Emperor Qin and his immortality elixir. Scene from American Museum of Natual History
Apparently, I’m dense! At least that’s what my friend told me. Some friend eh? But not only has he apprised me of this insight, he’s also informed several hundred people at international scientific conferences of the fact. Now I could take offense at this assertion, which some may see as a criticism of my character, but in fact it’s a big compliment. You see my friend is Dr. Hector Rasgado-Flores, who in addition to being an outstanding scientist, is also an accomplished composer. Not too long ago, Hector was approached by El Colegio Nacional (México) to compose as suite of music called “The Elements” to attract students to study chemistry. Hector dedicated each element in the suite to various individuals and I was honored with mercury. It’s true, mercury is quite dense, but its also the only metal that’s a liquid at room temperature. I have fond memories of playing with globs of mercury in high school science labs when a mercury thermometer “accidently” got broken to spill its contents onto the wooden desktops. Here it was apparent why mercury was also known by its other name, quicksilver, due to mercury’s silver luster and the old definition of “quick” which meant alive.
Emperor Qin was an impressive individual by any estimation. The first ruler of a united China, and the builder of the Great Wall of China. Since he was understandably proud of his accomplishments, Qin wished to live forever, and be the eternal Emperor of China. Since this is not the natural state of affairs, Qin sent expeditions far and wide to search for potions and elixirs that would grant him immortality. According to legend, Qin regularly consumed mercury to achieve his goal. We now know that prolonged exposure to mercury can have negative effects on health, and Qin died in 210 BC, whether from mercury poisoning or other causes will never likely be known. Fitting his importance, Qin was buried with the now famous Terracotta Army of 8,000 life-sized clay figures and 500 clay horses to help him rule in the afterlife. Qin’s tomb was also rumored to contain a detailed replica of his empire, with flowing rivers made from liquid mercury.
Certainly, Emperor Qin was not alone in his assertion of the health-giving properties of mercury, and many medicines contained mercury were marketed to the public. Among the famous proponents of mercury’s health benefits were noted author Louisa May Alcott, and President Abraham Lincoln. Remarkably, up until 1948, mercury was used as a pain killer in teething powder for babies, until it was realized that it was in fact making children quite ill. The route of entry of mercury into the body makes a big difference in experienced symptoms. Mercury is not readily absorbed by the intestines, and so a large amount must be ingested to cause symptoms. Such is not the case for inhalation of mercury vapor. Mercury had been used in the treatment of syphilis for a few hundred years, but by the late nineteenth century, the cure was as equally debilitating as the disease, with mercury treatments killing as many patients as those it cured of syphilis. Patients died of heart failure, dehydration and suffocation as they inhaled mercury fumes, but even if they managed to survive, other symptoms typical of mercury poisoning, including loss of hair and teeth, uncontrollable drooling, depression and other neurological problems, along with kidney and liver failure would take their toll. Inhalation of mercury vapor was not restricted to those seeking a cure for syphilis, it was an occupational hazard for those in the felt hat industry, who were continually exposed to devastating mercury in each breath. The destructive neurological effects are thought to be the basis of Lewis Carroll’s “Mad Hatter” in Alice in Wonderland.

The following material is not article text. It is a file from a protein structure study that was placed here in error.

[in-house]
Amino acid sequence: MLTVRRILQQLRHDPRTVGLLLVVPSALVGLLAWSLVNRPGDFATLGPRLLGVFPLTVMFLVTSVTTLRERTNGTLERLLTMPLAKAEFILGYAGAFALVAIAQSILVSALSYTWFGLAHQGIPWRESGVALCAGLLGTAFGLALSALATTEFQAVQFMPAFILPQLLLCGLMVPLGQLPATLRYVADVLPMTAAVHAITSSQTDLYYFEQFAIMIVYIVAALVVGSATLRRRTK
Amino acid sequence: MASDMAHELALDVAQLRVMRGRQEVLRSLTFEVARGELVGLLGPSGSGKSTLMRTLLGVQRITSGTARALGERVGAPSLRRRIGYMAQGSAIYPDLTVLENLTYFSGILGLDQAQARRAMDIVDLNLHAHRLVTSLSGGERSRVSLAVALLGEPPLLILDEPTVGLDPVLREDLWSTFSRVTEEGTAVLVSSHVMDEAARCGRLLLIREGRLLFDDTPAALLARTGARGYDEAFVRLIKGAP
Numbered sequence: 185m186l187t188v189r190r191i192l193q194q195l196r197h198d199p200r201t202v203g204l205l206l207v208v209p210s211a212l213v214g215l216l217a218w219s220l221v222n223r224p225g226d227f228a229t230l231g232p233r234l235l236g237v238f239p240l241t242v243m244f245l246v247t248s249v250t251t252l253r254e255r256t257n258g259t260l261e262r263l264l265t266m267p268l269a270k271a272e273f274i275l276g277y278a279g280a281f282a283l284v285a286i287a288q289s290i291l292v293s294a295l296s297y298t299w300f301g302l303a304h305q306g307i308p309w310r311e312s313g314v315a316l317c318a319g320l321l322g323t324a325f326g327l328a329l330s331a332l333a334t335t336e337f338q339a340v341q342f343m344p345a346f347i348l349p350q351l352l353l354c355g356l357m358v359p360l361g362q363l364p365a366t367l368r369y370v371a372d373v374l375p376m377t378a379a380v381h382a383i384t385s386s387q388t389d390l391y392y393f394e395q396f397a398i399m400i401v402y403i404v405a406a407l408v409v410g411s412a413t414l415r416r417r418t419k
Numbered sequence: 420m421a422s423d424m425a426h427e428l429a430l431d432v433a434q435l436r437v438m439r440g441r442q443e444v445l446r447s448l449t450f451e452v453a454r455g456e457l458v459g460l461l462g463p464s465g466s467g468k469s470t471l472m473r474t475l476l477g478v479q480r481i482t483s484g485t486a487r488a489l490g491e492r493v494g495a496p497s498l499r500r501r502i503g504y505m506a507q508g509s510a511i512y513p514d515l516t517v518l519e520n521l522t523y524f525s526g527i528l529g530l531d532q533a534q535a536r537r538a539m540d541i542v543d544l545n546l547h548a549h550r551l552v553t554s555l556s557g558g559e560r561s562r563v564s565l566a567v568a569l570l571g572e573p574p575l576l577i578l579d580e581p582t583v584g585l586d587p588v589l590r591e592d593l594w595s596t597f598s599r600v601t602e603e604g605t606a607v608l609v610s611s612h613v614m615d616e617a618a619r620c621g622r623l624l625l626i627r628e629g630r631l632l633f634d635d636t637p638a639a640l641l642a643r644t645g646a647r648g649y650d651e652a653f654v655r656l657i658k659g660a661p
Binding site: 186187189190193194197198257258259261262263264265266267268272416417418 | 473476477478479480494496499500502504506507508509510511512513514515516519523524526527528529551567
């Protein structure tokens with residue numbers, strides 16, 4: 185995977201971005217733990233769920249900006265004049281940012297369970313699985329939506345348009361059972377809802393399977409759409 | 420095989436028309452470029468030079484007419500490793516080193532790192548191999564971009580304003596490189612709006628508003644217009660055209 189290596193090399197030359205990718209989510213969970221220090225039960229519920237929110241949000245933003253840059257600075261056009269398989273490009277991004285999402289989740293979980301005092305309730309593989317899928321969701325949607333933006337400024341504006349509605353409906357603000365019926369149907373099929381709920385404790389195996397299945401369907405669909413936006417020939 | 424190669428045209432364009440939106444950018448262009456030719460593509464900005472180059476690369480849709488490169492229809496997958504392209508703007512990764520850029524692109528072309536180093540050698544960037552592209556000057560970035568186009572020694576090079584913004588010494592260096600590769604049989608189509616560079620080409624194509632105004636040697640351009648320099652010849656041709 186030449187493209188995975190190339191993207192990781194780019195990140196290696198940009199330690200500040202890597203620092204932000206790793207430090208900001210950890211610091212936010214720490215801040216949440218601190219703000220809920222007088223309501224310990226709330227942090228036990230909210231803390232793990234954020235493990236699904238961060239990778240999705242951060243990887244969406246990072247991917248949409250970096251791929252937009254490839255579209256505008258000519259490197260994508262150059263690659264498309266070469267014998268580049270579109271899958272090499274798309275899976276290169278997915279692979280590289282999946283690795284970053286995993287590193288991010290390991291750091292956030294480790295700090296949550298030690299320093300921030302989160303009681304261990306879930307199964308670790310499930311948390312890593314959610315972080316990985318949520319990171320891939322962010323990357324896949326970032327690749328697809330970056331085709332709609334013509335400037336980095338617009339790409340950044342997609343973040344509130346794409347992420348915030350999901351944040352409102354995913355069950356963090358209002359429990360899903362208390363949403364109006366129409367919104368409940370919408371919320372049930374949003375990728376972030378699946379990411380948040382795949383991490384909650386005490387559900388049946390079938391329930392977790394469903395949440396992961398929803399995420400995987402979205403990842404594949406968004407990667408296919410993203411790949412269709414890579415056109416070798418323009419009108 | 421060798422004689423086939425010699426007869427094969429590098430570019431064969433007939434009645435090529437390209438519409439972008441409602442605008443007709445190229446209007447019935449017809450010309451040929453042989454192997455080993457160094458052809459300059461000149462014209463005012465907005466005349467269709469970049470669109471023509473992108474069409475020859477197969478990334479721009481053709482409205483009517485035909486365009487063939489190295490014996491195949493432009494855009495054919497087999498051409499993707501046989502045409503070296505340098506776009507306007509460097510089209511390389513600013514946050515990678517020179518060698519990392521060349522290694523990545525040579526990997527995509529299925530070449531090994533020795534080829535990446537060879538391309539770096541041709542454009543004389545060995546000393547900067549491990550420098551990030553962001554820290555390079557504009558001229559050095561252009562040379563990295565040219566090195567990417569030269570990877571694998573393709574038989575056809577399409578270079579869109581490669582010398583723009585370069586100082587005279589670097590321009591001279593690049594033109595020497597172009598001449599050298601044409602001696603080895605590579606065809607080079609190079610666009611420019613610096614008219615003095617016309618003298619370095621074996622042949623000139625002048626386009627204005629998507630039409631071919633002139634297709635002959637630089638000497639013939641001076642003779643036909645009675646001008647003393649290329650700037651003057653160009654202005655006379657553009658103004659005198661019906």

There must be something going on in Germany that has given killers a fixation on mercury as a murder weapon. In March, 2019, a German man was sentenced to life imprisonment for poisoning his co-worker’s lunch. The 57-year-old defendant, known only as Klaus O, due to Germany’s privacy laws, was seen sprinkling mercury onto his colleague’s sandwich. After eating his mercury sandwich, the co-worker slipped into a coma and suffered permanent brain damage. Other co-workers now suffer from chronic kidney damage from eating sandwiches seasoned with lead and cadmium. Klaus’s motives remain unclear, as he refused to utter a single word during the trial. An even more bizarre tail of murder by mercury occurred in the city of Hannover in Germany. The victim, who cannot be named for privacy reasons, was a 40-year-old male, who was apparently walking through Hannover, when a man carrying an umbrella approached him from behind and stabbed him in the buttocks with the point of the umbrella. The victim told police that his attacker was of slim build and had a band-aid on his face. Not long after meeting with the police, the victim was diagnosed with massive mercury poisoning, and fell into a coma and subsequently died. The assailant and his motives remain a mystery.
Oh, I almost forgot, for those wishing to hear “Mercury” and indeed the entire “Elements” suite, Hector’s music can be found on Youtube.